The Charlotte, N.C.-based company, which operates in the southern and central parts of Indiana, issued a statement late Friday urging Hoosiers to draw their own conclusions about the impact daylight-saving time has had on energy usage.
The study, first reported in The Wall Street Journal last week, suggested that heavier use of air conditioning last year outweighed savings in electricity directed to lights, long a staple in the argument for moving the clocks ahead.
Although Duke provided data to the researchers, the company said it does not endorse the conclusions that even the researchers admitted were "very preliminary."
After years of debate, the Indiana General Assembly approved daylight-saving time in 2005.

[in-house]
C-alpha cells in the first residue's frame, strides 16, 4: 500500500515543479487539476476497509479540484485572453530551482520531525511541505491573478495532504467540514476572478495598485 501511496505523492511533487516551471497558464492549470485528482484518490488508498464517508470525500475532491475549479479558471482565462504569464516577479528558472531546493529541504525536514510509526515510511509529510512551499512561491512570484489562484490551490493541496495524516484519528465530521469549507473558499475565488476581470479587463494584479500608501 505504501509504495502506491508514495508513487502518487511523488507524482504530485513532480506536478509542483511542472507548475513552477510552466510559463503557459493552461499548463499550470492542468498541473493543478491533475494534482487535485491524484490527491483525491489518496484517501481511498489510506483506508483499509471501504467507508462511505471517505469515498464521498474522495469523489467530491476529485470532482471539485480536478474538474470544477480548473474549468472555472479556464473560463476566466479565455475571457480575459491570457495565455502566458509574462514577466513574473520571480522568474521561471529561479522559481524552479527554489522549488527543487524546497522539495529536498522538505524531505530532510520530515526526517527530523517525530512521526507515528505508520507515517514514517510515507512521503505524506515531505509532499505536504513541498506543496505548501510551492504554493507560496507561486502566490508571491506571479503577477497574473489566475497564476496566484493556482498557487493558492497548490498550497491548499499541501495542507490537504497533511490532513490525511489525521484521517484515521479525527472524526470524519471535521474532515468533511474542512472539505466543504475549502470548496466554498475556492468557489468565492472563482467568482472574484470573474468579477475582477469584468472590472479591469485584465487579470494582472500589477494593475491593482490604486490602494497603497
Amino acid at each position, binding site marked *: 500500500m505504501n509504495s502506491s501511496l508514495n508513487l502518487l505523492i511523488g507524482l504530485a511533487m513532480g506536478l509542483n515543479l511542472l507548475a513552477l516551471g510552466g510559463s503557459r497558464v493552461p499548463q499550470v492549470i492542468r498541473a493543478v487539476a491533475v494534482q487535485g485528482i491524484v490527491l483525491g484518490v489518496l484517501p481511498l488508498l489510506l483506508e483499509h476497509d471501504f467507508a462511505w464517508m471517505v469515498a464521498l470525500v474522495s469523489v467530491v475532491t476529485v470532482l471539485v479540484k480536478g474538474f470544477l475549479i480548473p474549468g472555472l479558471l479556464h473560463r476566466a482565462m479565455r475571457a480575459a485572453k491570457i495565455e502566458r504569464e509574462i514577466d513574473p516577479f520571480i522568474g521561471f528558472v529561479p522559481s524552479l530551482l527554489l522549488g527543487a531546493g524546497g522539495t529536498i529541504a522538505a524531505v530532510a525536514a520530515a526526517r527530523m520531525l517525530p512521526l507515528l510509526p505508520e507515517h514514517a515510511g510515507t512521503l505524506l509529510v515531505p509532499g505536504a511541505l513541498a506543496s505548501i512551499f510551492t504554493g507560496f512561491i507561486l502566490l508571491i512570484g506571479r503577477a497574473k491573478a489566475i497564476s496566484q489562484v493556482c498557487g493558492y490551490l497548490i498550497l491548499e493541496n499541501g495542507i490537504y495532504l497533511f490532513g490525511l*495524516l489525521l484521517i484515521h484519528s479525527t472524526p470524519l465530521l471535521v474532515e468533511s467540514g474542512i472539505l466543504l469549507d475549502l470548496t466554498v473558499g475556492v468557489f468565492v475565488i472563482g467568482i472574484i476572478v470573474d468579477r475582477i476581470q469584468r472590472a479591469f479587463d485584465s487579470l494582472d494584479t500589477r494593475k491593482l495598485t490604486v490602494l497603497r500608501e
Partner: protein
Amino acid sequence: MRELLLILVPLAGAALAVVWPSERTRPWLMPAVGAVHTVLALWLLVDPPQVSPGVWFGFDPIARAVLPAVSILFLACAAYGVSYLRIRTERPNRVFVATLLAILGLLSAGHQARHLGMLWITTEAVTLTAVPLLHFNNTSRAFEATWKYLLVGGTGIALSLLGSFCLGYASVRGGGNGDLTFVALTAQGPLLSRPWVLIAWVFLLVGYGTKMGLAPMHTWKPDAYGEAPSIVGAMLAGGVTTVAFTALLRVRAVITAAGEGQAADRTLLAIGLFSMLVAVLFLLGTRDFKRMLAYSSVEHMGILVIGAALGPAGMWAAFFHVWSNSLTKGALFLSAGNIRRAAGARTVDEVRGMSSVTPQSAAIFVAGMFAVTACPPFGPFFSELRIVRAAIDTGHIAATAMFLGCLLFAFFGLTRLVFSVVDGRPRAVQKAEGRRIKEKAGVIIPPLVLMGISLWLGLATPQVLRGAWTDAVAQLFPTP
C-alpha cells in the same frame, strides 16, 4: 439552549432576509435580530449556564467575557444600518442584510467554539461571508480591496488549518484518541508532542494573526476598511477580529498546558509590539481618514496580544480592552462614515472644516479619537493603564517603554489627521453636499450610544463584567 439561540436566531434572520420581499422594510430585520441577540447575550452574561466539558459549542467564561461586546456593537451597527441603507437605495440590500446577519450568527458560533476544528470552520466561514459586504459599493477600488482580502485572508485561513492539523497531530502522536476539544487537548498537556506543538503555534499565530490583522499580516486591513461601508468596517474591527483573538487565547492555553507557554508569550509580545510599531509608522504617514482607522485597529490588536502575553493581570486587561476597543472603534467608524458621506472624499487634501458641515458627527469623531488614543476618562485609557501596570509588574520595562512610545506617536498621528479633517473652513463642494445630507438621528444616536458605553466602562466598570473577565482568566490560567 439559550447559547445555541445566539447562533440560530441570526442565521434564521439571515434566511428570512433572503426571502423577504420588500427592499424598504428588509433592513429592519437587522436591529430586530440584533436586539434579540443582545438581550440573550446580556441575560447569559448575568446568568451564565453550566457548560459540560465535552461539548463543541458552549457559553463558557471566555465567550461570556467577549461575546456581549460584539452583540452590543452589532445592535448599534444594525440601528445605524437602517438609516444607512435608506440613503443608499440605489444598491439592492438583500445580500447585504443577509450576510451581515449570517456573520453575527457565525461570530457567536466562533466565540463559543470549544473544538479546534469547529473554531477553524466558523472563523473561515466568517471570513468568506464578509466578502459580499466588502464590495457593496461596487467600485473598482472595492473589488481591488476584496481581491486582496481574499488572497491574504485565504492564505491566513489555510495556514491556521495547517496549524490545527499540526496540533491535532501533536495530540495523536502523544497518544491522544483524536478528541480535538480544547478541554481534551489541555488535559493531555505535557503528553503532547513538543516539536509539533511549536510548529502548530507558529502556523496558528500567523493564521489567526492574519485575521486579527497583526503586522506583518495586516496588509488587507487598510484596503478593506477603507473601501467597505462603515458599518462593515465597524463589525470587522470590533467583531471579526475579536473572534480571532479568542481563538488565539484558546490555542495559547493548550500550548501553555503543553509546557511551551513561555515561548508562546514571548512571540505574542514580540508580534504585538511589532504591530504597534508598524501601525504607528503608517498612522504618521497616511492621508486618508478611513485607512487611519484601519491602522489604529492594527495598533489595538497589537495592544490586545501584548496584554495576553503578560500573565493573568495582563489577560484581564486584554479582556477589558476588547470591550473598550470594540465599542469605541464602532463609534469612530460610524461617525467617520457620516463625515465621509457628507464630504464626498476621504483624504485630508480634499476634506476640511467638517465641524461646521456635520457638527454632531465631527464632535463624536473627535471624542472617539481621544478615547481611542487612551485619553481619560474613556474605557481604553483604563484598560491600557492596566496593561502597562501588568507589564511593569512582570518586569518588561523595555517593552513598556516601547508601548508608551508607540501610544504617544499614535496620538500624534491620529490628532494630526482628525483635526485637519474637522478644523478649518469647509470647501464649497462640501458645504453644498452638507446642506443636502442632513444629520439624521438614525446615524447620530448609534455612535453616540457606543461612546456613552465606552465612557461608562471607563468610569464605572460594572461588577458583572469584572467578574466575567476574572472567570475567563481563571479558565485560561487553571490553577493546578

Duke's problems with the study include:
-It did not fully analyze the impact of weather conditions, the single biggest driver of electricity usage.
-It failed to consider that most Duke customers in the study area do not use electricity to heat their homes.
-It did not include energy data from business and industry, the sectors that consume the most electricity.
-Researchers took results from the southern part of Indiana and made broad assumptions.
Duke also pointed out that other studies contradict the one issued by University of California-Santa Barbara.